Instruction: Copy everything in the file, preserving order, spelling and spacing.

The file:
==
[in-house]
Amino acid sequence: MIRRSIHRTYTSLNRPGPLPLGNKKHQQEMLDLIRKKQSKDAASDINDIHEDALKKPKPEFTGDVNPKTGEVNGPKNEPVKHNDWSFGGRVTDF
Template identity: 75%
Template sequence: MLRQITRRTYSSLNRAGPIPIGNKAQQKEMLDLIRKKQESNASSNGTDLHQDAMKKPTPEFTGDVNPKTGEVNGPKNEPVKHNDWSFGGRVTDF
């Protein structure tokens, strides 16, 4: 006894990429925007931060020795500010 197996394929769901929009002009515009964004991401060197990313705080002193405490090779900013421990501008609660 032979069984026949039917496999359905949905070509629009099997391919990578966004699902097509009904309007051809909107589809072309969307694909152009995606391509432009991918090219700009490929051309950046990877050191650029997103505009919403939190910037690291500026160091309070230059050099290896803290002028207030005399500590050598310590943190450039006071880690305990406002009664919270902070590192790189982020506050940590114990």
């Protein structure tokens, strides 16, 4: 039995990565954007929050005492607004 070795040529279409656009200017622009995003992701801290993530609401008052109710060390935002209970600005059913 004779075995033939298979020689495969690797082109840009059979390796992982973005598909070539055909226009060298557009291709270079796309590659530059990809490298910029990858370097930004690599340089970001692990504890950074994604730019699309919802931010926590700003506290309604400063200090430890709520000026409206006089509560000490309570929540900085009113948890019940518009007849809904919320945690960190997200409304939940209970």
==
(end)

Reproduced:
[in-house]
Amino acid sequence: MIRRSIHRTYTSLNRPGPLPLGNKKHQQEMLDLIRKKQSKDAASDINDIHEDALKKPKPEFTGDVNPKTGEVNGPKNEPVKHNDWSFGGRVTDF
Template identity: 75%
Template sequence: MLRQITRRTYSSLNRAGPIPIGNKAQQKEMLDLIRKKQESNASSNGTDLHQDAMKKPTPEFTGDVNPKTGEVNGPKNEPVKHNDWSFGGRVTDF
């Protein structure tokens, strides 16, 4: 006894990429925007931060020795500010 197996394929769901929009002009515009964004991401060197990313705080002193405490090779900013421990501008609660 032979069984026949039917496999359905949905070509629009099997391919990578966004699902097509009904309007051809909107589809072309969307694909152009995606391509432009991918090219700009490929051309950046990877050191650029997103505009919403939190910037690291500026160091309070230059050099290896803290002028207030005399500590050598310590943190450039006071880690305990406002009664919270902070590192790189982020506050940590114990």
């Protein structure tokens, strides 16, 4: 039995990565954007929050005492607004 070795040529279409656009200017622009995003992701801290993530609401008052109710060390935002209970600005059913 004779075995033939298979020689495969690797082109840009059979390796992982973005598909070539055909226009060298557009291709270079796309590659530059990809490298910029990858370097930004690599340089970001692990504890950074994604730019699309919802931010926590700003506290309604400063200090430890709520000026409206006089509560000490309570929540900085009113948890019940518009007849809904919320945690960190997200409304939940209970």